The formalin-fixed, paraffin-embedded tissues from resected (n=4) or biopsied (n=68) specimens were cut into 3-µm sections and mounted on slides. The slides were deparaffinized for hematoxylin and eosin (H&E) staining. With H&E slides, mitoses were counted per 10 HPFs in the mitotically active region (Fig. 1). In all but three cases, immunohistochemistry for synaptophysin, chromogranin and Ki-67 was performed. The tumors were graded as G1, G2, or G3 following the WHO classification [8].
Macroscopic patterns of liver infiltration by metastases were procured from review of medical records and radiological findings. LMs confined to one liver lobe or limited to two adjacent segments were classified as ‘simple pattern.’ LMs with complex or diffuse patterns were classified as ‘complex pattern’ [13].
Overall survival (OS) was calculated from the date of histological diagnosis of GEP NETLM to the date of the last visit or death. The Cox proportional hazards model was used to determine the variables associated with OS of GEP NETLM. The following variables were modeled: gender (male vs. female), age (< 60 years vs. ≥ 60 years), LM pattern (simple vs. complex), primary site (known vs. unknown), histologic grade (WHO G1+2 vs. WHO G3), and treatment (yes vs. no). Risks are represented as hazard ratios (HR) with 95% confidence intervals (CI). Multivariate survival analyses were also performed to rule out dependent variables. The Kaplan-Meier method with log-rank test was used to compare survival curves divided by influential factors. Null hypotheses of no difference were rejected if p-values were less than 0.05, or, equivalently, if the 95% CIs of risk point estimates excluded 1. All statistical analyses were performed with IBM SPSS Statistics ver. 20 (IBM Co., Armonk, NY).

Results

1. Clinicopathological characteristics

Table 1 shows the clinical and pathological characteristics of the 72 patients with GEP NETLM. The median age was 58.94 years (range, 18 to 82 years), and over half of the patients (58%) were men. Twenty-five patients (35%) in our series had NETLM of pancreatic origin, eight patients (11%) had NETLM that originated in the stomach, four patients (6%) had NETLM that originated in the gallbladder, and three patients (4%) had NELM that originated in the rectum. Twenty-five patients (35%) had occult primary tumor and in 20 cases, tissue samples were available for additional immunohistochemistry for TTF1 and CDX2. As expected, all 20 NETLM cases of unknown primary site were negative for TTF1 or CDX2.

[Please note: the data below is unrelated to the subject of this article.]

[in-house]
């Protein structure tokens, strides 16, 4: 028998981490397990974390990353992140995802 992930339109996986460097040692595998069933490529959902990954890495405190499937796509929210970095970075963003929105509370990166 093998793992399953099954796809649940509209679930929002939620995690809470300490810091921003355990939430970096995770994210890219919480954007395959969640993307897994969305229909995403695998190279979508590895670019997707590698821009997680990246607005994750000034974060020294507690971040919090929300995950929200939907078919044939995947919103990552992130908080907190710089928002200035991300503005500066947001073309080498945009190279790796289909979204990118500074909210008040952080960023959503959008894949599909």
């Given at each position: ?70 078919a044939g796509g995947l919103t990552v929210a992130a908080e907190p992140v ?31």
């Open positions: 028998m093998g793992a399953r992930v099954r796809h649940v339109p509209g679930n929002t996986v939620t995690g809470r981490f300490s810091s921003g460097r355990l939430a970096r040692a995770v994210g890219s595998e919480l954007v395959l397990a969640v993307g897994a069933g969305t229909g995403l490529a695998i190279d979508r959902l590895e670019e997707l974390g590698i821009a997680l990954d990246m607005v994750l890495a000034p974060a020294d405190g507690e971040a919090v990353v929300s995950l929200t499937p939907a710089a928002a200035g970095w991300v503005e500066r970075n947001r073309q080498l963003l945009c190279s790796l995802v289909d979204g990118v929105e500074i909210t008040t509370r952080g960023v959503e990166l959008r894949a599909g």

In eight patients, LM developed after surgery on the primary GEP NETs. Of the LM patterns, 15 (21%) were simple and 57 (79%) were complex. Twelve patients (17%) had histological grade G1 tumors, 30 patients (42%) had G2 tumors, and 30 patients (42%) had G3 tumors.
Different therapies were administered to the patients. Locoregional therapies included surgical resection, RFA, and TAE/TACE. Systemic therapies included cytotoxic chemotherapy, somatostatin analogs (octreotide), VEGF pathway inhibitors, and mTOR inhibitors. Overall, 37 patients (51%) received chemotherapy alone and 28 patients (39%) did not receive any antitumor treatment. Some patients were treated with combined therapeutic options; patients grouped by management are displayed in Table 2.
The median observation period was 18.01 months (range, 1 to 96 months). The mean follow-up period (OS) was 30.67±6.51 months for histological grade G1 tumors, 19.67±4.09 for G2 tumors, and 11.30±2.44 for G3 tumors. The best OS was recorded for patients with NETLM of pancreatic origin (25.56±5.51 months). Patients with occult primary tumor exhibited poor OS (9.72±2.33 months).

2. Survival analysis

Univariate analyses using a Cox regression model revealed that unknown primary tumor (p=0.005), higher histological grade (p=0.002), and no treatment (p=0.003) were significantly correlated with shorter OS (Table 3). Kaplan-Meier survival curves also demonstrated that the unknown primary tumor site (p=0.003), higher histological grade (p=0.001), and no treatment group (p=0.002) had significantly shorter OS (Figs. 2-4). Multivariate analyses showed that an unknown primary tumor site (HR, 2.954; 95% CI, 1.589 to 5.493), higher histological grade (HR, 3.385; 95% CI, 1.861 to 6.158), and no treatment (HR, 2.332; 95% CI, 1.285 to 4.231) were independent prognostic indicators for shorter OS (Table 3). After exclusion of patients with cachexia (n=8), treatment itself was not significantly associated with OS (HR, 1.837; 95% CI, 0.964 to 3.500). Sixteen patients were long-term survivors (OS > 24 months) and all but one received antitumor treatment. The untreated long-term survivor was a 52-year-old woman. The OS of this patient was 71 months. The patient had primary pancreatic NETs and low mitotic count (1/10 HPFs) in the tumors.
To avoid the possible confounding effects of “unknown” primary tumor sites, we excluded NETLM cases with unknown primary site (n=25) and analyzed 47 GEP NETLM with known primary sites. Univariate analyses using a Cox regression model showed that higher histological grade (p=0.029) and no treatment (p=0.028) were significantly associated with shorter OS (Appendix 1). However, patients’ gender, age or LM pattern were not associated with OS (p > 0.05). Higher histological grade (HR, 2.275; 95% CI, 1.122 to 4.614; p=0.023) and no treatment (HR, 2.433; 95% CI, 1.138 to 5.200; p=0.022) remained significant in multivariate analyses (Appendices 2 and 3). However, after exclusion of patients suffering from cachexia (n=3), treatment itself was not an independent prognostic factor (HR, 1.807; 95% CI, 0.793 to 4.115; p=0.159).